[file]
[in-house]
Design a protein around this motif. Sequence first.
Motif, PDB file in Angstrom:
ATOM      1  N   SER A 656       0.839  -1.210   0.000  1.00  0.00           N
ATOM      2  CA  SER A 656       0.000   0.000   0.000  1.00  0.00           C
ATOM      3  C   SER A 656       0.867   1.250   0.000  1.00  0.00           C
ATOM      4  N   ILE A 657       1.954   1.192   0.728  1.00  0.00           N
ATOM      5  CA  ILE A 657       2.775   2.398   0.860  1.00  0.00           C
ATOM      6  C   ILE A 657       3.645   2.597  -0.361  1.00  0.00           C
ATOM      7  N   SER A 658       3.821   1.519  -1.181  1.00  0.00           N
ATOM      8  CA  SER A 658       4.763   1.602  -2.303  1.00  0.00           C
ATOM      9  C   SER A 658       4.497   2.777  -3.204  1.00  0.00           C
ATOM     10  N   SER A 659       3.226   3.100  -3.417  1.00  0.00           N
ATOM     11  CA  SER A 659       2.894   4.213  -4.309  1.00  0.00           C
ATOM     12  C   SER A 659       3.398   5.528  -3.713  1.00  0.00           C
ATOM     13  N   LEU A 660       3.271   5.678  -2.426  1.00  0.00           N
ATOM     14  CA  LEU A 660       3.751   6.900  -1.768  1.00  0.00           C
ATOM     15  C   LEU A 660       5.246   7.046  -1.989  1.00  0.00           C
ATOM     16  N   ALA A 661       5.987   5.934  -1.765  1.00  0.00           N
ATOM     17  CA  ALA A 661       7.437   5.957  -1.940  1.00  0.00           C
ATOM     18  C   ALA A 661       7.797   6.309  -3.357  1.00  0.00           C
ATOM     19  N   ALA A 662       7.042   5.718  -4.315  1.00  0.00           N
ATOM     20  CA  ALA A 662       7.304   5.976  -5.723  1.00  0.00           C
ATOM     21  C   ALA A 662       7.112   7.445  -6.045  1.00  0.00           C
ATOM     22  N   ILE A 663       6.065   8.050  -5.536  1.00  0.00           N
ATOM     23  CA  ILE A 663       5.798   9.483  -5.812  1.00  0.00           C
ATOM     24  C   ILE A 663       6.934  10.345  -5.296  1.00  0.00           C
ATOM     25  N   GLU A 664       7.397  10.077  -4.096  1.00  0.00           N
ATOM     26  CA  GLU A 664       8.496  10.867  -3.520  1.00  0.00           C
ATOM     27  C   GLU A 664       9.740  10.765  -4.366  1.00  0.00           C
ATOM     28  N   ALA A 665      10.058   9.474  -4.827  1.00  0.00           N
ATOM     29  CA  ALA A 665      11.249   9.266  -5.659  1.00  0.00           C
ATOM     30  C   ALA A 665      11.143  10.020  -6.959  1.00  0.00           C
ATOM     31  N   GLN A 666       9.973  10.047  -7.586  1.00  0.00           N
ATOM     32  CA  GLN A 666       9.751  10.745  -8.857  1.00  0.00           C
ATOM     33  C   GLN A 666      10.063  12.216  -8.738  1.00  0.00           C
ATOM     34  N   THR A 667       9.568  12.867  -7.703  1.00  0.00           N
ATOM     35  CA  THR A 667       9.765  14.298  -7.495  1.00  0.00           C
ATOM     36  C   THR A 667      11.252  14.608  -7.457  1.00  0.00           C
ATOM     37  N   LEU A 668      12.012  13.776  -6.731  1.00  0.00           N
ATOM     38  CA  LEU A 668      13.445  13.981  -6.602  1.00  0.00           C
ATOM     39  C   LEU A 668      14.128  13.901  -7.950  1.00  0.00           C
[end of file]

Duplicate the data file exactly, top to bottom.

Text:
[in-house]
Design a protein around this motif. Sequence first.
Motif, PDB file in Angstrom:
ATOM      1  N   SER A 656       0.839  -1.210   0.000  1.00  0.00           N
ATOM      2  CA  SER A 656       0.000   0.000   0.000  1.00  0.00           C
ATOM      3  C   SER A 656       0.867   1.250   0.000  1.00  0.00           C
ATOM      4  N   ILE A 657       1.954   1.192   0.728  1.00  0.00           N
ATOM      5  CA  ILE A 657       2.775   2.398   0.860  1.00  0.00           C
ATOM      6  C   ILE A 657       3.645   2.597  -0.361  1.00  0.00           C
ATOM      7  N   SER A 658       3.821   1.519  -1.181  1.00  0.00           N
ATOM      8  CA  SER A 658       4.763   1.602  -2.303  1.00  0.00           C
ATOM      9  C   SER A 658       4.497   2.777  -3.204  1.00  0.00           C
ATOM     10  N   SER A 659       3.226   3.100  -3.417  1.00  0.00           N
ATOM     11  CA  SER A 659       2.894   4.213  -4.309  1.00  0.00           C
ATOM     12  C   SER A 659       3.398   5.528  -3.713  1.00  0.00           C
ATOM     13  N   LEU A 660       3.271   5.678  -2.426  1.00  0.00           N
ATOM     14  CA  LEU A 660       3.751   6.900  -1.768  1.00  0.00           C
ATOM     15  C   LEU A 660       5.246   7.046  -1.989  1.00  0.00           C
ATOM     16  N   ALA A 661       5.987   5.934  -1.765  1.00  0.00           N
ATOM     17  CA  ALA A 661       7.437   5.957  -1.940  1.00  0.00           C
ATOM     18  C   ALA A 661       7.797   6.309  -3.357  1.00  0.00           C
ATOM     19  N   ALA A 662       7.042   5.718  -4.315  1.00  0.00           N
ATOM     20  CA  ALA A 662       7.304   5.976  -5.723  1.00  0.00           C
ATOM     21  C   ALA A 662       7.112   7.445  -6.045  1.00  0.00           C
ATOM     22  N   ILE A 663       6.065   8.050  -5.536  1.00  0.00           N
ATOM     23  CA  ILE A 663       5.798   9.483  -5.812  1.00  0.00           C
ATOM     24  C   ILE A 663       6.934  10.345  -5.296  1.00  0.00           C
ATOM     25  N   GLU A 664       7.397  10.077  -4.096  1.00  0.00           N
ATOM     26  CA  GLU A 664       8.496  10.867  -3.520  1.00  0.00           C
ATOM     27  C   GLU A 664       9.740  10.765  -4.366  1.00  0.00           C
ATOM     28  N   ALA A 665      10.058   9.474  -4.827  1.00  0.00           N
ATOM     29  CA  ALA A 665      11.249   9.266  -5.659  1.00  0.00           C
ATOM     30  C   ALA A 665      11.143  10.020  -6.959  1.00  0.00           C
ATOM     31  N   GLN A 666       9.973  10.047  -7.586  1.00  0.00           N
ATOM     32  CA  GLN A 666       9.751  10.745  -8.857  1.00  0.00           C
ATOM     33  C   GLN A 666      10.063  12.216  -8.738  1.00  0.00           C
ATOM     34  N   THR A 667       9.568  12.867  -7.703  1.00  0.00           N
ATOM     35  CA  THR A 667       9.765  14.298  -7.495  1.00  0.00           C
ATOM     36  C   THR A 667      11.252  14.608  -7.457  1.00  0.00           C
ATOM     37  N   LEU A 668      12.012  13.776  -6.731  1.00  0.00           N
ATOM     38  CA  LEU A 668      13.445  13.981  -6.602  1.00  0.00           C
ATOM     39  C   LEU A 668      14.128  13.901  -7.950  1.00  0.00           C